“The retail supply chain has to move fast to keep up with customer demands – for example, 75% of customers expect to receive an online order in two days or less,” comments Bransten. “Supply chain issues have real impact on customers’ shopping journey, and the right technology can mean the difference between a negative and a positive experience. To meet or exceed customer expectations, successful retailers use data to anticipate what their customers will need and where they’ll need it. They also evaluate and optimise every aspect of the supply chain – from raw goods to the products that end up in customers’ hands – to ensure they can deliver on these demands. This means leveraging intelligent processes to reduce costs and improve efficiency and agility.”
According to Bransten, the most successful retailers are not simply adopting out-of-the-box AI, IoT and cloud solutions from third-party providers. Instead, they are going a step further and building their own digital capabilities on top of that technology to give them the foundation they need to evolve with their customers. This is where Microsoft and its robust ecosystem of partners can help.
“Microsoft is on a mission to enable intelligent retail by empowering retailers to take control of their own digital evolution and make their businesses successful for years to come,” says Bransten. “We’re unique in the industry because of our approach to working with retailers – we don’t just sell them technology and walk away, we sit down and learn about their biggest opportunities so we can bring the right solutions to the table to help them succeed. Our solutions across cloud, big data, connected things, advanced analytics, mixed reality and artificial intelligence are helping retailers, like Starbucks and Walgreens Boots Alliance, transform their business models and exceed customer expectations.”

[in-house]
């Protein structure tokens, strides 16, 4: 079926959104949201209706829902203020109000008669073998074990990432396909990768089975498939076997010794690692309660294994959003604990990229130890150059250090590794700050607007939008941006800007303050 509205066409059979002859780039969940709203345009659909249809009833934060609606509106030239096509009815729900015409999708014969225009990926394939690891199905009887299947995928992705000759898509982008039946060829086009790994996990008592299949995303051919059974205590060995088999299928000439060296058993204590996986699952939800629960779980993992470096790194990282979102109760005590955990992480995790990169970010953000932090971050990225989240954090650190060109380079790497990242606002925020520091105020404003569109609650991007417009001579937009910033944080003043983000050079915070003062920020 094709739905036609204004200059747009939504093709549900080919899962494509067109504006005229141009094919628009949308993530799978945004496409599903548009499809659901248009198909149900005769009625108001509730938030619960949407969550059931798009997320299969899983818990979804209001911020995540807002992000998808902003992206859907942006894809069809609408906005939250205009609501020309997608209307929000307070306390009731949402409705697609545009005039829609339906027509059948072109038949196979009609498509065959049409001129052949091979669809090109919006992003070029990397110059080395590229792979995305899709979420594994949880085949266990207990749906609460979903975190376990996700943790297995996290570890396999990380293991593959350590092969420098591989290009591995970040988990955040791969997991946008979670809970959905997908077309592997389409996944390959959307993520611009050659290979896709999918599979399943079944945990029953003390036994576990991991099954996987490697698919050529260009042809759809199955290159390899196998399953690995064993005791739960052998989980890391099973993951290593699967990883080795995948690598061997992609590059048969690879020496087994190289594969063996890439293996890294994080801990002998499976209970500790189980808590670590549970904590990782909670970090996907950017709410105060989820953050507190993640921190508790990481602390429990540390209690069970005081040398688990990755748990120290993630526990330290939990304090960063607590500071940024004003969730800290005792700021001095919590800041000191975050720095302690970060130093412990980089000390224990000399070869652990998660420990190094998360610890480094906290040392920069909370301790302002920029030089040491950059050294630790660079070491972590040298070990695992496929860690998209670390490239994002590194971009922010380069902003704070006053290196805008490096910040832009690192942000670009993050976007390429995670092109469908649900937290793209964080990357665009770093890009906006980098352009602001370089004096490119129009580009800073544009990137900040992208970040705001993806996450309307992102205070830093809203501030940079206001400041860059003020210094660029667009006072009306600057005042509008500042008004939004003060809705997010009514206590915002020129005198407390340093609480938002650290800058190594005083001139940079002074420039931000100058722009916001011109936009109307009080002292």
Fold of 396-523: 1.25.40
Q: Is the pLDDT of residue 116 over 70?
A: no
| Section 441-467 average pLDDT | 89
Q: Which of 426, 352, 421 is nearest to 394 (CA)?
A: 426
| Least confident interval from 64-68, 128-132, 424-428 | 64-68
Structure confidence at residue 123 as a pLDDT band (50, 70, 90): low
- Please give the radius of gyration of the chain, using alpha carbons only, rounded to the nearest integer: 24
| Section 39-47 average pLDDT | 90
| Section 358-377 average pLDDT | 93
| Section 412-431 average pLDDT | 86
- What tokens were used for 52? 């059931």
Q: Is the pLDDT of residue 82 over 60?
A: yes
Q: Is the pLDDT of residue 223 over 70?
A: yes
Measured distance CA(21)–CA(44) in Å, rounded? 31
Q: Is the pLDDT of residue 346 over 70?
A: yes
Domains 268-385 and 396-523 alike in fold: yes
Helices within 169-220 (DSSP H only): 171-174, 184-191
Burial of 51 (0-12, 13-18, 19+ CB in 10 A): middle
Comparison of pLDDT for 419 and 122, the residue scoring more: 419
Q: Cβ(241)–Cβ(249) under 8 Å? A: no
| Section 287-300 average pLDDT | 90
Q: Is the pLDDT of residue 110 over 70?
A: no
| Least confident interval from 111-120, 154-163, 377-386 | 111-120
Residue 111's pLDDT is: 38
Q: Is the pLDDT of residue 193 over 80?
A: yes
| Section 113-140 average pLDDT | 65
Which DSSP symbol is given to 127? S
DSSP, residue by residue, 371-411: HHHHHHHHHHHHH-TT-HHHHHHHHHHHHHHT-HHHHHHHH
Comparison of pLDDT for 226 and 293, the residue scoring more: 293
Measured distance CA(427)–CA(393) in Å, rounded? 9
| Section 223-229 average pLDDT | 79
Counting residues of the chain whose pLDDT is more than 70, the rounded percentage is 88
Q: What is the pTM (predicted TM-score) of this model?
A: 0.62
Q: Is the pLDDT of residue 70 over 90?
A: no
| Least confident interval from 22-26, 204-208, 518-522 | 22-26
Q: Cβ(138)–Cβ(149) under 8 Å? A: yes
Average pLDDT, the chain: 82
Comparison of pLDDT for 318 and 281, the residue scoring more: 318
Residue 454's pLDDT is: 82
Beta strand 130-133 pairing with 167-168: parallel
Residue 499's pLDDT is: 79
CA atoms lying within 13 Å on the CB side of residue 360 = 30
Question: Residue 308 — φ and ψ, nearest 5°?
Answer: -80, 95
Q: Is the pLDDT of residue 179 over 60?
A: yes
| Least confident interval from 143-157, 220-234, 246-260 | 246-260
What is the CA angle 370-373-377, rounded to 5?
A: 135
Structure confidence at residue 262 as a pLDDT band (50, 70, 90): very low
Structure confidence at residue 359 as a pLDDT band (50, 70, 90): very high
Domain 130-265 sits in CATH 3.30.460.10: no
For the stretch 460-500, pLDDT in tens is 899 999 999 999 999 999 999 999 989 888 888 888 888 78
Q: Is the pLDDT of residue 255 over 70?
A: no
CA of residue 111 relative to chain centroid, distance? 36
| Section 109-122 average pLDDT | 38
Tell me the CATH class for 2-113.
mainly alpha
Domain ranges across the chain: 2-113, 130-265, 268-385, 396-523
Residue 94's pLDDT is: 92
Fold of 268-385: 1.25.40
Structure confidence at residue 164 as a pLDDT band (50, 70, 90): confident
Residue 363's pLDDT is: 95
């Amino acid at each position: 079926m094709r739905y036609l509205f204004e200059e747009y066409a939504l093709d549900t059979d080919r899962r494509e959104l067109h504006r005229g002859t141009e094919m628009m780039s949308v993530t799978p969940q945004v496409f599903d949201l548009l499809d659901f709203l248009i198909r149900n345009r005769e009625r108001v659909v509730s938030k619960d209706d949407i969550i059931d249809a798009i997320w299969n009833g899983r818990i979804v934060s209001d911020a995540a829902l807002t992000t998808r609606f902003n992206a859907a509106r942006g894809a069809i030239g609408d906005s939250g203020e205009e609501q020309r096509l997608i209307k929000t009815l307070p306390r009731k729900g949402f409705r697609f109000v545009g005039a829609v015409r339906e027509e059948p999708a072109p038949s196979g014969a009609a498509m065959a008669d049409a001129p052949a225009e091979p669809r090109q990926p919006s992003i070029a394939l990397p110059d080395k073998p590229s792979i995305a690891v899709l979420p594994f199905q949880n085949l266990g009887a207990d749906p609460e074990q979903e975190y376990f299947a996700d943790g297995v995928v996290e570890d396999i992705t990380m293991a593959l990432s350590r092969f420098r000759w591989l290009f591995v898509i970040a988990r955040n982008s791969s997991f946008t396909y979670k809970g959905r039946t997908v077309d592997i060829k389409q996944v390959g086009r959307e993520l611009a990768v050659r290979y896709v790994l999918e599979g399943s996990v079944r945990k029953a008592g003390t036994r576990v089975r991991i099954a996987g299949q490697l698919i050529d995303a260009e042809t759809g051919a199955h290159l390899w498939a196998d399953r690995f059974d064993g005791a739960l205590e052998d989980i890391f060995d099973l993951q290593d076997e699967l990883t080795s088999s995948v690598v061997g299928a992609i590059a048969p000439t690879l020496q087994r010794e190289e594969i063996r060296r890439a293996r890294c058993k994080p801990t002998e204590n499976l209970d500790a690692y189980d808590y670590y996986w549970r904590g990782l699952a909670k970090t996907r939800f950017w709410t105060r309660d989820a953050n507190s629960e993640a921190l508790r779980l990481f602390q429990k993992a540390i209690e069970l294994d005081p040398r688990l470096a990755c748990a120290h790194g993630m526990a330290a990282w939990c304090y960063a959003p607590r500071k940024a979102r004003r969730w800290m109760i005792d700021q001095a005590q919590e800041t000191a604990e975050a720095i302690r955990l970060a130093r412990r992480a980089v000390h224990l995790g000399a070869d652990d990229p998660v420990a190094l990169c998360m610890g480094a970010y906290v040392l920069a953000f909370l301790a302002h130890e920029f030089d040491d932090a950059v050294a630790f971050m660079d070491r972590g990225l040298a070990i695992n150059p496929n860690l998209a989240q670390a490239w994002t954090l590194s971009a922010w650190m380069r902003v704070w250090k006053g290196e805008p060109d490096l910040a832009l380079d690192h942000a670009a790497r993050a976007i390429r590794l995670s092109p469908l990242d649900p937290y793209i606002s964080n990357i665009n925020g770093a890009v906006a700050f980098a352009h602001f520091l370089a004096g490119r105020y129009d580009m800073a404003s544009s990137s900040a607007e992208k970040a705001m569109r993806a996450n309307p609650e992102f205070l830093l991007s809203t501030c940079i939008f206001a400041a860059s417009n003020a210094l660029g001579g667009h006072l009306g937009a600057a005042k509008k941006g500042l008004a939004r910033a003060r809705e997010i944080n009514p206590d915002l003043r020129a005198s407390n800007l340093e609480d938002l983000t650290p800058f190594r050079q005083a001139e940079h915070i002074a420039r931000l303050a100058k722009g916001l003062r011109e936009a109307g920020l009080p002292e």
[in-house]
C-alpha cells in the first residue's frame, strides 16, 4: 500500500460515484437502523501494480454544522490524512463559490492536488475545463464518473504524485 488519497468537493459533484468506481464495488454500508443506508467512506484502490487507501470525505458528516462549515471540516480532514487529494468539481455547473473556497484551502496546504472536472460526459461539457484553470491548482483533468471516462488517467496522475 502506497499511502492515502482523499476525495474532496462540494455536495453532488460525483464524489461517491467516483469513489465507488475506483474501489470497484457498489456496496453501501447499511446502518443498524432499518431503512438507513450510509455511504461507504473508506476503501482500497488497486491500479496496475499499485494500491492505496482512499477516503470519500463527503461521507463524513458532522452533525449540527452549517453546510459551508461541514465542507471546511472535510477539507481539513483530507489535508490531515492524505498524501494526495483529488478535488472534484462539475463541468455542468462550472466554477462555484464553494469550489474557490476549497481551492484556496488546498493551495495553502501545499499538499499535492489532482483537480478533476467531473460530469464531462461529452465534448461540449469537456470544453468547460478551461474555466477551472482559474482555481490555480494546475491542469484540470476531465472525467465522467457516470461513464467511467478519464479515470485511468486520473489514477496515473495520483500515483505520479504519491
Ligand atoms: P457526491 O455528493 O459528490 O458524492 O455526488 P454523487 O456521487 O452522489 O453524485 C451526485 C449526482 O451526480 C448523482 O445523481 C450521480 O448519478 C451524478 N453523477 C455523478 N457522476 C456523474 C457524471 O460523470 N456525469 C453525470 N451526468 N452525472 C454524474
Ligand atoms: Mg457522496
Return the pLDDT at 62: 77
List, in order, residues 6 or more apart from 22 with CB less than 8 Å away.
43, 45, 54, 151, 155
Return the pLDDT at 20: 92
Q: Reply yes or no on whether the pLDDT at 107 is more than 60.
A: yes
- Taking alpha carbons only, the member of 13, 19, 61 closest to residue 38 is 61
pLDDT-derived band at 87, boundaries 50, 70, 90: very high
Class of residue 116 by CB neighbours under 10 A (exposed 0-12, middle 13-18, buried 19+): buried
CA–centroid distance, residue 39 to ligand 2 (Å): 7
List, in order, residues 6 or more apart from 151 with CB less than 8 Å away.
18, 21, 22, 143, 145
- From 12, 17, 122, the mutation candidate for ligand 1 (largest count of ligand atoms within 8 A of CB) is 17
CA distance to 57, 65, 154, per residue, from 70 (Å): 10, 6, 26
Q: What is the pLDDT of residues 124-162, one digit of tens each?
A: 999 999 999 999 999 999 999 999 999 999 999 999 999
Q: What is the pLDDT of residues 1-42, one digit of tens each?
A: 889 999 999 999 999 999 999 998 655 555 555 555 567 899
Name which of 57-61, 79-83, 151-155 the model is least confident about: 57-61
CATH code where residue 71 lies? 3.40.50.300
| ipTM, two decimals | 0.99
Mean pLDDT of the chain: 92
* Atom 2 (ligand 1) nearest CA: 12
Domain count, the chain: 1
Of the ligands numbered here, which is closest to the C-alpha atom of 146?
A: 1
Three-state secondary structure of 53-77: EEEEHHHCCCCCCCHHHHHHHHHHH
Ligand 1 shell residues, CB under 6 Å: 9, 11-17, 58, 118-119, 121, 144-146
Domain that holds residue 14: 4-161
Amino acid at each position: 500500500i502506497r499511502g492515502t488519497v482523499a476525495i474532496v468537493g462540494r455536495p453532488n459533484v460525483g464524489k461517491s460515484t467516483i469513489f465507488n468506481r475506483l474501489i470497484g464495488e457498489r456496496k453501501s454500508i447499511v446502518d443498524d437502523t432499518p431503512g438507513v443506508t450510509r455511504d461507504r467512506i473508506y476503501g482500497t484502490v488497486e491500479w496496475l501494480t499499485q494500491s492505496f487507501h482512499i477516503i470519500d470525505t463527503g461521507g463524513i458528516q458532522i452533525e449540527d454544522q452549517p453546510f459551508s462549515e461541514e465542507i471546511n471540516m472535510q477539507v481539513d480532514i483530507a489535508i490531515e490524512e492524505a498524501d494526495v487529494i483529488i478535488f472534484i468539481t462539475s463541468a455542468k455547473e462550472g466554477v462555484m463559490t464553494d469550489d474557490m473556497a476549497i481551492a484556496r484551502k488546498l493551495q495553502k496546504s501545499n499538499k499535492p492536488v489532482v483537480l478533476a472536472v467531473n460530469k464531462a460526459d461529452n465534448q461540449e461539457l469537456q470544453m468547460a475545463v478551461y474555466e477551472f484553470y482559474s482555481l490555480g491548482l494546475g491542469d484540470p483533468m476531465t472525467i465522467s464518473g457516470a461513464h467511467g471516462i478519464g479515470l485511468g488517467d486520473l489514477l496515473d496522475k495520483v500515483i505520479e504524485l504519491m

One retailer who is collaborating with Microsoft to reinvent the customer and employee experience is US-based food store chain The Kroger Co. The company has developed a Microsoft Azure-based Retail-as-a-Service platform that will use IoT sensors, AI and data analytics to power a connected store experience. The solution will use customer and sales data to enable Kroger to quickly create new customer experiences, enable higher levels of personalisation, enhance store associate productivity and support merchandising plans. Innovations will include a Microsoft Azure-powered video analytics solution that will help store associates identify and address out-of-stocks, as well as a pick-to-light productivity solution that will give them visual cues so they can locate items more quickly when fulfilling kerbside pick-up orders. Kroger’s EDGE Shelf system, which uses digital displays to indicate prices, promotions, and nutritional and dietary information, will also connect to Kroger’s Scan, Bag, Go solution, creating guided shopping experience for customers.
“There’s never been a more exciting time to be at the intersection of retail and technology, and there are incredible opportunities for retailers who embrace the future with a trusted technology partner,” says Bransten. “Microsoft empowers – rather than competes with – our retail customers. We work side-by-side with them and bring the brightest minds across cloud, predictive analytics, machine learning, cognitive services and more to help unlock opportunities. Our cloud platform really is the foundation to reimagine retail and create the experiences and processes to propel retailers to success for the long term.”